Houston continues to fall in the standings

Losing streak extended to five games as Astros drop opener to A's

Photo by Ezra Shaw/Getty Images

Finally able to get out of Los Angeles for a change of scenery after the four-game sweep by the Angels, the Astros were in Oakland Monday night for a five-game set against the division-leading A's. Here is a quick rundown of the series opener:

Final Score: A's 6, Astros 0.

Record: 21-20, second in the AL West.

Winning pitcher: Chris Bassitt (3-2, 3.12 ERA).

Losing pitcher: Cristian Javier (4-2, 3.38 ERA).

Javier goes five innings 

Cristian Javier had a mostly decent outing on Monday, keeping it a close game while he was on the mound. He would last five frames, reaching 94 pitches along the way to reach a season-high. Although the A's would force him into extended at-bats, he only allowed two runs.

Those came in the bottom of the second when a lead-off single set up an RBI-double by former-Astro Tony Kemp to give Oakland the 1-0 lead. After Houston erased Kemp as he tried to steal third, Sean Murphy followed that with a solo home run to double the lead to 2-0. Javier would keep the score there, going three more scoreless innings. His final line: 5.0 IP, 3 H, 2 R, 2 ER, 3 BB, 3 K, 1 HR, 94 P.

Bullpen struggles continue as A's take the opener

After Javier, Cionel Perez would take over out of the bullpen in the bottom of the sixth. He would face three batters, getting two outs and allowing a single, before the Astros moved on to Andre Scrubb. Scrubb finished the sixth, then retired for the seventh. He completed that inning, but not before allowing a leadoff walk that would eventually score after moving to third on a one-out single and sacrifice fly, making it a 3-0 Oakland lead.

Cy Sneed was next out of the bullpen for the Astros, and he too would be bitten by a leadoff walk, as that runner would score on a one-out RBI-single to extend the lead to 4-0 before Oakland blew it open with a two-RBI single later in the inning to make it 6-0. That would be the final score as the A's would shutout the Astros to take the first game of the five-game set.

Up Next: This series continues on Tuesday with a doubleheader starting at 5:10 PM Central. The first game should feature Zack Greinke (3-0, 2.91 ERA) on the mound for the Astros opposite Frankie Montas (2-3, 6.06 ERA) for the A's. The second game, which will start about 30 minutes after the conclusion of the first, will have Mike Minor (0-5, 5.94 ERA) starting for Oakland while Houston is expected to have a bullpen-led game with the starter TBD.

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It's easy to blame Bill O'Brien for the Texans woes. He is a lousy GM, a below average play caller and his offense is boring, predictable and ineffective. Not once has he had a top 10 offense in the league. So he does not get a pass here.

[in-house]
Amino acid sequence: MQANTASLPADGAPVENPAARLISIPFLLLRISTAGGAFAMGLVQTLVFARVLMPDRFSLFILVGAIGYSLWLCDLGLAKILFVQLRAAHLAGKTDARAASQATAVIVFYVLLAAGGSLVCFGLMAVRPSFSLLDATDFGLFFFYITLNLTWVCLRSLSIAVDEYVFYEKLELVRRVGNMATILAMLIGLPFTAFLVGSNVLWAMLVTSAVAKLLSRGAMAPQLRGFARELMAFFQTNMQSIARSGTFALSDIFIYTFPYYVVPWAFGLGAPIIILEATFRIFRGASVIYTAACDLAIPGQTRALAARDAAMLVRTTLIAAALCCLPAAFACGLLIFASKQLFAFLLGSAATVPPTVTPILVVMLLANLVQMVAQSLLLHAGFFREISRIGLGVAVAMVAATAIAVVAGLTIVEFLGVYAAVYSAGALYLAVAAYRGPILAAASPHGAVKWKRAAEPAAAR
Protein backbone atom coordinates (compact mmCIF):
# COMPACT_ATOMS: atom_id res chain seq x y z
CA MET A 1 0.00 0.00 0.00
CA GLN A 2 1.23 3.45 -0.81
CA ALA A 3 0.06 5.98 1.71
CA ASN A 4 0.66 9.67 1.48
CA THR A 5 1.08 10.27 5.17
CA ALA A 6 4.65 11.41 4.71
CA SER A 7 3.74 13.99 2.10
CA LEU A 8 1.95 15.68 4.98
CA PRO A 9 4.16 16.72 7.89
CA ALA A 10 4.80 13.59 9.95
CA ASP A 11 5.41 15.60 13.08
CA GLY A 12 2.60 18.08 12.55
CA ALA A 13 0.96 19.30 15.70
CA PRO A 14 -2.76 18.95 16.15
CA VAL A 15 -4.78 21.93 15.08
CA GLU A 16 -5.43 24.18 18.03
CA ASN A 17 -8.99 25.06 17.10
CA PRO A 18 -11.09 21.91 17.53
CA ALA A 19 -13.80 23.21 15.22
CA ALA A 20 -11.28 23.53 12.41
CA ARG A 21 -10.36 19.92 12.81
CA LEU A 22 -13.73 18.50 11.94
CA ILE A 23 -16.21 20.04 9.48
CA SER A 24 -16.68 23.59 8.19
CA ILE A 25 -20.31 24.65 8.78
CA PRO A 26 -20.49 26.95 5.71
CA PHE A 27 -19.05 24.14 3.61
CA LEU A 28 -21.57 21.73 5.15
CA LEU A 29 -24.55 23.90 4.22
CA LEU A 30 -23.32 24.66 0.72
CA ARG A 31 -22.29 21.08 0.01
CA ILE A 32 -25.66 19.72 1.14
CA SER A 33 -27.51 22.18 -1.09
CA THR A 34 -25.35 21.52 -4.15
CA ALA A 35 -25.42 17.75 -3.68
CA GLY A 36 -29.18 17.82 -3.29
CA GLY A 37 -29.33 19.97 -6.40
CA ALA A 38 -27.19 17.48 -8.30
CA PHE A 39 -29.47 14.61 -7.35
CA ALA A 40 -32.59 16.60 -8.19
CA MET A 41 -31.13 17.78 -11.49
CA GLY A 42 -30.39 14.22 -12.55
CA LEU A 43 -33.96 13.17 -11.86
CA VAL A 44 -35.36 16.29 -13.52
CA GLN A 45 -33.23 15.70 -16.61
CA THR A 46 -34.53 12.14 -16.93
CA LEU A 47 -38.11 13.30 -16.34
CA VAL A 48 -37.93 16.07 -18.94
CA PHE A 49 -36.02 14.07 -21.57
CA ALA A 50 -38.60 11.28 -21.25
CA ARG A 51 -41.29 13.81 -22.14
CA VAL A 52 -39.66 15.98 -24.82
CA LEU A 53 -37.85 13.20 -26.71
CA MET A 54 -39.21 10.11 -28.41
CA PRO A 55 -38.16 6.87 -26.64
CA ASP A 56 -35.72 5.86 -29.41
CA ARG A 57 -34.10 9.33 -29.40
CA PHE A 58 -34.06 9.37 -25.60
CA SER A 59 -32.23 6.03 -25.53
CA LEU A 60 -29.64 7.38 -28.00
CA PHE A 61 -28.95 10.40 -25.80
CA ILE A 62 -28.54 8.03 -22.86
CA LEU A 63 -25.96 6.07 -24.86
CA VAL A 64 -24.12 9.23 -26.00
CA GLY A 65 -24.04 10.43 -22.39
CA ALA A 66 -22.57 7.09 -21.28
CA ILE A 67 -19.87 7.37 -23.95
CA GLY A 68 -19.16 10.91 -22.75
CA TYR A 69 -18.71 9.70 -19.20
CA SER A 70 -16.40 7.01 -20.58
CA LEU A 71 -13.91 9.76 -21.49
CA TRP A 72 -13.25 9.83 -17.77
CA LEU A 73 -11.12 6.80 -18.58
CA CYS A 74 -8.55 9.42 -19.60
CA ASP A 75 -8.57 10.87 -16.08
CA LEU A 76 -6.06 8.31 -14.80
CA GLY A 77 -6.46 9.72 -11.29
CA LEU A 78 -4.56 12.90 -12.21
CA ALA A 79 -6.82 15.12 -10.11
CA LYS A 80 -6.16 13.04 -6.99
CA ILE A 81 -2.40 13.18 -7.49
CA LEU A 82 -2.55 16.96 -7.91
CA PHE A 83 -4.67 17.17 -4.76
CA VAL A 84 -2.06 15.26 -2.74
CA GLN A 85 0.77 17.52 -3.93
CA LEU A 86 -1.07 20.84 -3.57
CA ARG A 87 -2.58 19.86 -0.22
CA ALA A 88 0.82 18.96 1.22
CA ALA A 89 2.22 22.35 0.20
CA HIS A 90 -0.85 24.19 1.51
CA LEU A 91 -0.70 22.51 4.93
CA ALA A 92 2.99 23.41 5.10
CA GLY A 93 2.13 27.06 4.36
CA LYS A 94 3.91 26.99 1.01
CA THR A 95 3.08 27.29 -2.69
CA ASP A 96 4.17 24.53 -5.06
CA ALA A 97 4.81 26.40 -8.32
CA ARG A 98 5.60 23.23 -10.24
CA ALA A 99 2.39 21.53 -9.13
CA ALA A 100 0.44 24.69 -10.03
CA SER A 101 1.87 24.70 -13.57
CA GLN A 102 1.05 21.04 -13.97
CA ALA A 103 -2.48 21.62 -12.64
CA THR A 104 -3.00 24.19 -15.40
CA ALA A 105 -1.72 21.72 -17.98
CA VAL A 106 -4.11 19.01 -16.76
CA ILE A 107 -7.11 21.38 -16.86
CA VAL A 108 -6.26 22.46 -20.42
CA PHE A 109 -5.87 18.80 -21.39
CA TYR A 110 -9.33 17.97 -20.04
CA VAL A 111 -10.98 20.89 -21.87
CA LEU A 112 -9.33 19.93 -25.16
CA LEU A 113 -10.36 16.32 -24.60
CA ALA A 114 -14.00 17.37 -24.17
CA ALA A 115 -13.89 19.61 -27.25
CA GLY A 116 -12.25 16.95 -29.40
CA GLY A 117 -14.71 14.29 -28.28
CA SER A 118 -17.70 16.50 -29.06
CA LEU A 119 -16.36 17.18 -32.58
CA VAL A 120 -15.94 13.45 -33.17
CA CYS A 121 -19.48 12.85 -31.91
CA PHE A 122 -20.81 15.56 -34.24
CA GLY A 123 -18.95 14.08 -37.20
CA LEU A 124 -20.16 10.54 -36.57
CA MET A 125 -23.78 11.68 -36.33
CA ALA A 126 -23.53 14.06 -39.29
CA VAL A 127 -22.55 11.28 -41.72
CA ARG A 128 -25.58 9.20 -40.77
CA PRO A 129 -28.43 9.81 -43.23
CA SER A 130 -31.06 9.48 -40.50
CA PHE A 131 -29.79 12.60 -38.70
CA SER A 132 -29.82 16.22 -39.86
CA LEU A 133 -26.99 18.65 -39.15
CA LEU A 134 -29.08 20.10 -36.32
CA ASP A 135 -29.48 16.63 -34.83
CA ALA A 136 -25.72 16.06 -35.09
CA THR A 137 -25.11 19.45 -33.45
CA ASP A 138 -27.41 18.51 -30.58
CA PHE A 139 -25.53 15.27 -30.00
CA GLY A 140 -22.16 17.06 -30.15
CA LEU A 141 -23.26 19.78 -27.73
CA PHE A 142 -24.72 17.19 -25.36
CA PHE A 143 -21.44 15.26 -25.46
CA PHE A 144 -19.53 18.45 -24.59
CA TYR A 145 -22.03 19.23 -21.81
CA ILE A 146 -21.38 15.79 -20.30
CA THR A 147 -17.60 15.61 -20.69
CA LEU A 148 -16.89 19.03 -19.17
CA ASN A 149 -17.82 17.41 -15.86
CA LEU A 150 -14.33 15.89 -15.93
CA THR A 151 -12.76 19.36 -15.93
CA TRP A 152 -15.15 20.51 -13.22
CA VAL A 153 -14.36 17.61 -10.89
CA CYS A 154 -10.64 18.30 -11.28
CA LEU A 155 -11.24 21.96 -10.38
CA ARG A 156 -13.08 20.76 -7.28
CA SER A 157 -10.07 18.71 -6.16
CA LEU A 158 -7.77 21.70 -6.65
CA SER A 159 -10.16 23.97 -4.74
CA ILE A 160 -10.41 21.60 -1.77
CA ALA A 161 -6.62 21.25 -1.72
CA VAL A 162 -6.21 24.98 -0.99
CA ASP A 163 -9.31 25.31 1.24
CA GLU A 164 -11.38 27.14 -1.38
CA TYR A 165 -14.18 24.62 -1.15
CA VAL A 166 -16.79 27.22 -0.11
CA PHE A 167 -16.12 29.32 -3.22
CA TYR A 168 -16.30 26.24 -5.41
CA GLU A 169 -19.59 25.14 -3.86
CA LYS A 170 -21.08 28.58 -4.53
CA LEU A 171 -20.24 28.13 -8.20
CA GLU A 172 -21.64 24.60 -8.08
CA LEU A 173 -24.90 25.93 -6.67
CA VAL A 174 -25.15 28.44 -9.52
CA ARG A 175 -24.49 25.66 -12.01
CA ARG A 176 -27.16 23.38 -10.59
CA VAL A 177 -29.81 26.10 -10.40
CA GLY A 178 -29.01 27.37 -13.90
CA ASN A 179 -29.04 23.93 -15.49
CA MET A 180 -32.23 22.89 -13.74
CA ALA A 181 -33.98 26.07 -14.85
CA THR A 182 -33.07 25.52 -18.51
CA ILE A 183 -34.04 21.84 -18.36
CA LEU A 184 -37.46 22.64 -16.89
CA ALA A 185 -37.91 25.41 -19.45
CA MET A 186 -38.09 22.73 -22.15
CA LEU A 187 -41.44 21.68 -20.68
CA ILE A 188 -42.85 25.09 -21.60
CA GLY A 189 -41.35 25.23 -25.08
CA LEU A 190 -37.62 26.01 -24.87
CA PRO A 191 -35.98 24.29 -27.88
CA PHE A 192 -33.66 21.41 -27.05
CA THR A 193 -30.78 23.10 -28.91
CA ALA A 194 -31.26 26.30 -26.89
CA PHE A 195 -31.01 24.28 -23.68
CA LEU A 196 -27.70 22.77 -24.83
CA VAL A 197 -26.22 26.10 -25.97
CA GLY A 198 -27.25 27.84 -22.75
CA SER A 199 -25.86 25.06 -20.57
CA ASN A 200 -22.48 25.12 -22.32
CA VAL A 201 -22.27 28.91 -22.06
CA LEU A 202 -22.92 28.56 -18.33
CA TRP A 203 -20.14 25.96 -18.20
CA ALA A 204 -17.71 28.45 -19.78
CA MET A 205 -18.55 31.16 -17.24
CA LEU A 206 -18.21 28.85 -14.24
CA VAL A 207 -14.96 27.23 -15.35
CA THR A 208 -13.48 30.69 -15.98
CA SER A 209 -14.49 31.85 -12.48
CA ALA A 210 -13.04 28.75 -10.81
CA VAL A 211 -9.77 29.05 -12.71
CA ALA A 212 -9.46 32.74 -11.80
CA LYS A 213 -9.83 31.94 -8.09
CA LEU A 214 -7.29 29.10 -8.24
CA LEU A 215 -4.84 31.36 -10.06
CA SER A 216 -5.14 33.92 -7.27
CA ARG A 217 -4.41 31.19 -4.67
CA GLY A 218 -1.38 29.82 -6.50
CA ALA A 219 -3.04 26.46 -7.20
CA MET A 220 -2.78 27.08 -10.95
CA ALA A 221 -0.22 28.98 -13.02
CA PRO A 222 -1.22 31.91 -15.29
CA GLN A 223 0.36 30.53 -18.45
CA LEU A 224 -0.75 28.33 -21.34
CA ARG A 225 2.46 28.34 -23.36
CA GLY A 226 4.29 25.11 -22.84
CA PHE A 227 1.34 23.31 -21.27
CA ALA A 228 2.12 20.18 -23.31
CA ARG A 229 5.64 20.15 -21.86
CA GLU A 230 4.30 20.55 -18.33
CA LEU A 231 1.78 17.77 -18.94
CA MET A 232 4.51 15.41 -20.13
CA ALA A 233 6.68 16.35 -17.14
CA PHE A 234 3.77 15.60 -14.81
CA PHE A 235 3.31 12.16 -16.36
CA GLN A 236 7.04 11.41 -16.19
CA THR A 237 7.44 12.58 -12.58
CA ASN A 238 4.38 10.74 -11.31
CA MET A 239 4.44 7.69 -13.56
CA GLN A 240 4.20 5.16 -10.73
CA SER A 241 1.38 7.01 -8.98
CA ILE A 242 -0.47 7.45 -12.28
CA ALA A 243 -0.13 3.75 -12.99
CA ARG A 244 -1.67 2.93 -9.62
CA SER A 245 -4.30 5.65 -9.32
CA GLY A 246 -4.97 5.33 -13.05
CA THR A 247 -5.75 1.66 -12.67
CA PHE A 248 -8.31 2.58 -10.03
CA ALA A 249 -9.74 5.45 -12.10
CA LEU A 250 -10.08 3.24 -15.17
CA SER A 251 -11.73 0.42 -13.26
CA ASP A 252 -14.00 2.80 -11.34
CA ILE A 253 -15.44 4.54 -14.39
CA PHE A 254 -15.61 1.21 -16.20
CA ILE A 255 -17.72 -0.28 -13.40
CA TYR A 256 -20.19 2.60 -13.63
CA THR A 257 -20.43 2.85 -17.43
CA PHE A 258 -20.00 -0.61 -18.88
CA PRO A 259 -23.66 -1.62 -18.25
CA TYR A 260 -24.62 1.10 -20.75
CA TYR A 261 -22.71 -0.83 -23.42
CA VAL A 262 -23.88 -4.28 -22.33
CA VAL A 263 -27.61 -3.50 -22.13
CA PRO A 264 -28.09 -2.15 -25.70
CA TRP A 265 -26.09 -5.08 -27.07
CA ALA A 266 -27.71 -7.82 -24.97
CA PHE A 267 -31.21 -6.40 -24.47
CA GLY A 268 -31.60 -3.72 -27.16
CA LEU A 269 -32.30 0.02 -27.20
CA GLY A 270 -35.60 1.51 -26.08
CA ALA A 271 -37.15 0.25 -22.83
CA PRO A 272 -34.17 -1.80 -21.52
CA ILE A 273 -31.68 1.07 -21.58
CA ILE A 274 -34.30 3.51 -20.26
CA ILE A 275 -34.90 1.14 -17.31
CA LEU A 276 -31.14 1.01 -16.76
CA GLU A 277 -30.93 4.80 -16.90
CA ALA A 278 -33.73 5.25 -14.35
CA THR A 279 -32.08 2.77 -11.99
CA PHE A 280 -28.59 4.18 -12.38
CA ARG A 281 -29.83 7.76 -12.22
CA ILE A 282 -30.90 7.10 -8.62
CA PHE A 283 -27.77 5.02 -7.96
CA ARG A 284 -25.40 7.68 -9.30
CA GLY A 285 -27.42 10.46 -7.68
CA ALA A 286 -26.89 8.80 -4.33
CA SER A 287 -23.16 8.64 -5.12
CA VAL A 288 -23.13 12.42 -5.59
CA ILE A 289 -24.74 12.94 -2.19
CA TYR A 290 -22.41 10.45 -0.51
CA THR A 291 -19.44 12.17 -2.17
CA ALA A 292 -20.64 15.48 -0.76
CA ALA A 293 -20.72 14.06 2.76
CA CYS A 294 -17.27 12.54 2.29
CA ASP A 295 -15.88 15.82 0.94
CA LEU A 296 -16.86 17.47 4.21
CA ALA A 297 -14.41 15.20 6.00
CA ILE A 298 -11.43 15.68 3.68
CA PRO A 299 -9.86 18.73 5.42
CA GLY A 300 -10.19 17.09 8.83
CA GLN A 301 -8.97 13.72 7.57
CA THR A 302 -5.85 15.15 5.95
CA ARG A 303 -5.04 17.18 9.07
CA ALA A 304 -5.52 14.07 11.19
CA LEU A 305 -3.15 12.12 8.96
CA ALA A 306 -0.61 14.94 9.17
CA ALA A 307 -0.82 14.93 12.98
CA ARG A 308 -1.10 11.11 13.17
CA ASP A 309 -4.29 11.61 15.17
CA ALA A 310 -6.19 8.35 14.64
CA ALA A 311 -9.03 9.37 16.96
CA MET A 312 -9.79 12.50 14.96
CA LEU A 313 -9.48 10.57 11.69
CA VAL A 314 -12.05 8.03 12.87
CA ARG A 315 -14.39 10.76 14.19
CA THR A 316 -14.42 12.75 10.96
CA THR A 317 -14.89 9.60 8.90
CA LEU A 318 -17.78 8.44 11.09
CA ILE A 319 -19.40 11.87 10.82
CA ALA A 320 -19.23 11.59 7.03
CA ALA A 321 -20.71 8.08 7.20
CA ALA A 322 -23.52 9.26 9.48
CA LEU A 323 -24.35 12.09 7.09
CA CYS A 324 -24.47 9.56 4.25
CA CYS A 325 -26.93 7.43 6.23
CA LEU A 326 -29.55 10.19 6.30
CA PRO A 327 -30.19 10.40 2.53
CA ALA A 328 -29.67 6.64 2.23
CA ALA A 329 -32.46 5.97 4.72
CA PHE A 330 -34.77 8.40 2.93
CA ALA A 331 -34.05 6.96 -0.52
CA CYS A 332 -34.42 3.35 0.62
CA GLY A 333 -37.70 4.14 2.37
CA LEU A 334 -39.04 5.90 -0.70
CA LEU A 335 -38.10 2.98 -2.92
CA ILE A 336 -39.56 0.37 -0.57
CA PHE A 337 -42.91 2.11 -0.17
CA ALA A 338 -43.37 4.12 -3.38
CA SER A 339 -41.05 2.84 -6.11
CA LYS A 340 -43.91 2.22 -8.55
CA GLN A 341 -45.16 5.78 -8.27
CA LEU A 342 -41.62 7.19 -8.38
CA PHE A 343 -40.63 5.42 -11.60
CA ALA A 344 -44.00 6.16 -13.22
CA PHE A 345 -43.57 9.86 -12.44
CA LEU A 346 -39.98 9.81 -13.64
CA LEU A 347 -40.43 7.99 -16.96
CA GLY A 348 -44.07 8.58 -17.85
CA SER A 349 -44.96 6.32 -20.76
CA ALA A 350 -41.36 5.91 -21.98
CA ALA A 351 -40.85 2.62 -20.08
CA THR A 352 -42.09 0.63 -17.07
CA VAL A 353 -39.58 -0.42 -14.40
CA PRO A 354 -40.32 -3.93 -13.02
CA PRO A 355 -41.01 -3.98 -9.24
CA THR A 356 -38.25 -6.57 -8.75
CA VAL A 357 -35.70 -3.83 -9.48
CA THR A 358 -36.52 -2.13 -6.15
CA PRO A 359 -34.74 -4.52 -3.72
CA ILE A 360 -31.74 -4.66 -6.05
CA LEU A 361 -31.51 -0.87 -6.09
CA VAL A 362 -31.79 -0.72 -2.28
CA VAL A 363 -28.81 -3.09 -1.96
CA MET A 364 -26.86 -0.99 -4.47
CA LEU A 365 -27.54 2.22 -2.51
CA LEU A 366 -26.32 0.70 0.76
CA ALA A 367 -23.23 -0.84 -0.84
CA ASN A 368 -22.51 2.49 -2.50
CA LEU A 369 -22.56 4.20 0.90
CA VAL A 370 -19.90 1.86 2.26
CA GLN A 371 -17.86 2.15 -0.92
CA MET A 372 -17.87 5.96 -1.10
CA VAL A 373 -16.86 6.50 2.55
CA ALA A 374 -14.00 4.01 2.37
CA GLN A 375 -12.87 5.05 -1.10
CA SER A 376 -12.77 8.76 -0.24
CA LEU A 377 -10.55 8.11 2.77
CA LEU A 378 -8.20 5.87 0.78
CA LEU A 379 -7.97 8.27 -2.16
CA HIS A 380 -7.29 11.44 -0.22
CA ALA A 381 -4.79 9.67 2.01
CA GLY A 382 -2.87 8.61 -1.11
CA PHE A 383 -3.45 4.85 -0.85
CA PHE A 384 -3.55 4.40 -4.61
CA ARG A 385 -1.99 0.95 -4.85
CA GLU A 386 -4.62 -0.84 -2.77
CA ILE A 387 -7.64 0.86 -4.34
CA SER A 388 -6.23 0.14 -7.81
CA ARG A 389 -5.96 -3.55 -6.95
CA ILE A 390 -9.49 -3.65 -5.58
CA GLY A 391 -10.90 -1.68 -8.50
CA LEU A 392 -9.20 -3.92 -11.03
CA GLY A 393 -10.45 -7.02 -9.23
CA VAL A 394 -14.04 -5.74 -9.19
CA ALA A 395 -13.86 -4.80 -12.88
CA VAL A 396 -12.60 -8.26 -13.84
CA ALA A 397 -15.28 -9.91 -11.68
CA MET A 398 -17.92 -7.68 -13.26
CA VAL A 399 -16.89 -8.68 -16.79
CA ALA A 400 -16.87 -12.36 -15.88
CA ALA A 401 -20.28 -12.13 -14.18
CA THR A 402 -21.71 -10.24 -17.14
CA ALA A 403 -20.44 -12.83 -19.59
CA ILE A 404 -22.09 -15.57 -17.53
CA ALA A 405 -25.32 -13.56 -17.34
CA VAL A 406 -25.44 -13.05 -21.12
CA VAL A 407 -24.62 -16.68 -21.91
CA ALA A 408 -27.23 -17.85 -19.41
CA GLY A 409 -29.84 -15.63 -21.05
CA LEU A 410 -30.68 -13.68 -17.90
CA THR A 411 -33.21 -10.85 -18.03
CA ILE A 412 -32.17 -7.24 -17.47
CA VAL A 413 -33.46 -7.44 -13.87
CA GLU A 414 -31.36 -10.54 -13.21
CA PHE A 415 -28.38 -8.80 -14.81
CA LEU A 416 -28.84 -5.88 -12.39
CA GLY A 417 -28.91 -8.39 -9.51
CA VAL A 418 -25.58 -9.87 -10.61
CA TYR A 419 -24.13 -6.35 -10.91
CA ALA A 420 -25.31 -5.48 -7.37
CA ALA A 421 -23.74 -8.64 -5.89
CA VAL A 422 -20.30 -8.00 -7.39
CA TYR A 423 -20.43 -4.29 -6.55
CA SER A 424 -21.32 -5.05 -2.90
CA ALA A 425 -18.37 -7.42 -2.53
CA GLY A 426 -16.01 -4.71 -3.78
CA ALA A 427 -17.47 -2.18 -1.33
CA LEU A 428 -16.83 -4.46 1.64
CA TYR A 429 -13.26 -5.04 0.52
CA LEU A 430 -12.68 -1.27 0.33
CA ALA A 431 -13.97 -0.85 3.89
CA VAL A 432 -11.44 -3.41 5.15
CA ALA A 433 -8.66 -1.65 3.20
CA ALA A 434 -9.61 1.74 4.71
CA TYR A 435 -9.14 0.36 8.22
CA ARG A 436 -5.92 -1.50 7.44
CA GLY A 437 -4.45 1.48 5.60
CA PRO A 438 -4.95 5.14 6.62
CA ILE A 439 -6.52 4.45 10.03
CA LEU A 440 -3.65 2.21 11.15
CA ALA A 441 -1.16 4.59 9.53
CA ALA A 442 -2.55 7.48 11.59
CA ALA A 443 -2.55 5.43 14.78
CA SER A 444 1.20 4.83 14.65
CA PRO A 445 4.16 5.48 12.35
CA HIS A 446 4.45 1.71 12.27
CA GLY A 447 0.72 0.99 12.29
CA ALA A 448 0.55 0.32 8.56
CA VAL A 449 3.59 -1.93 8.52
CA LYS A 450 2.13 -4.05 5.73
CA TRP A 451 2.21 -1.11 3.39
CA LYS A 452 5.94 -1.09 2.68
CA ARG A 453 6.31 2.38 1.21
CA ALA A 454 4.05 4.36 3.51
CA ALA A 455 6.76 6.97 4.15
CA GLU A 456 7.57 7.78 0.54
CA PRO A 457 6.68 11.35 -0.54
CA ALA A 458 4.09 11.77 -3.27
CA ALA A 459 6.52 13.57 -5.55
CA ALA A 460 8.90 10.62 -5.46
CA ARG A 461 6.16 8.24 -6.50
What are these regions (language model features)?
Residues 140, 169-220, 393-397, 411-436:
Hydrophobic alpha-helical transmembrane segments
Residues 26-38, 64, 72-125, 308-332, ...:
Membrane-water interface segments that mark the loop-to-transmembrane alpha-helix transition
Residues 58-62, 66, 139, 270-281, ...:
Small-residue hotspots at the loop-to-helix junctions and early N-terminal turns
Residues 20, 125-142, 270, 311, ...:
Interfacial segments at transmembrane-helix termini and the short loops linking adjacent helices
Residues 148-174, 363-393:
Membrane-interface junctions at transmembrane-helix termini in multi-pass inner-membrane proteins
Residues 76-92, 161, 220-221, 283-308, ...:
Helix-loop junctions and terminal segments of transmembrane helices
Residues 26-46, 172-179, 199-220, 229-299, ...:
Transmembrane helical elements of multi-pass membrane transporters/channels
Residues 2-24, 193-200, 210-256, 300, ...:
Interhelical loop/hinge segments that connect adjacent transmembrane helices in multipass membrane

But Deshaun Watson shouldn't, either.

Last year, Watson was in the MVP conversation entering the game in Baltimore. Four of the nine games he played before that, Watson had an ESPN Total QBR over 85, which is playing at an elite level.

Since that 41-7 debacle (where his QBR was 13.6), Watson has played 10 games. He has topped 85 just once (and barely - 85.6) in the win over the Patriots. While QBR is not the be all end all, it shows a trend. And before you blame the talent around him or the ridiculously stupid DeAndre Hopkins trade, eight of those games were with Hopkins in the lineup.

Over his last 10 games, Patrick Mahomes has done it five times (and just missed last week at 84.7). Lamar Jackson has done it six times in his last 10. Russell Wilson is six for his last 10. Dak Prescott? Three. Aaron Rodgers? Three. Ryan Tannehill? Three. Josh Allen? Two. Lamar Jackson led the league last year with an 83 for the season. Watson was sixth at 71.3. To be a top 10 quarterback, you had to average 64.1. In two games this season, Watson sits 20th, about where he was over the last six regular season games and two playoff games last year.

In essence, Deshaun Watson - who often gets compared to those players - is not on their level. Yes, O'Brien has a lot to do with it, but it's also time to start looking at Watson's performance and regression as an NFL quarterback.

In 2018, Watson had four such games. In 2017, four in six starts. And now ONE since that Baltimore game. In fact, he has topped 80 just once in that stretch, and 60 just three times.

What it tells us is Watson has been an average quarterback over his last 10 starts. The Texans invested heavily in an offensive line to protect him. They have added depth at WR but a net loss without Hopkins. Elite quarterbacks turn in performances like that roughly half the time. Getting more consistent has always been an issue for Watson. But since that Baltimore game, he has not been close. And he is being paid to be elite.

In the end, O'Brien is still the main culprit. He has hand picked all the players around Watson, he designed the offense, and he controls everything.

But it's time to quit giving Watson a pass. Right now, he is part of the problem.

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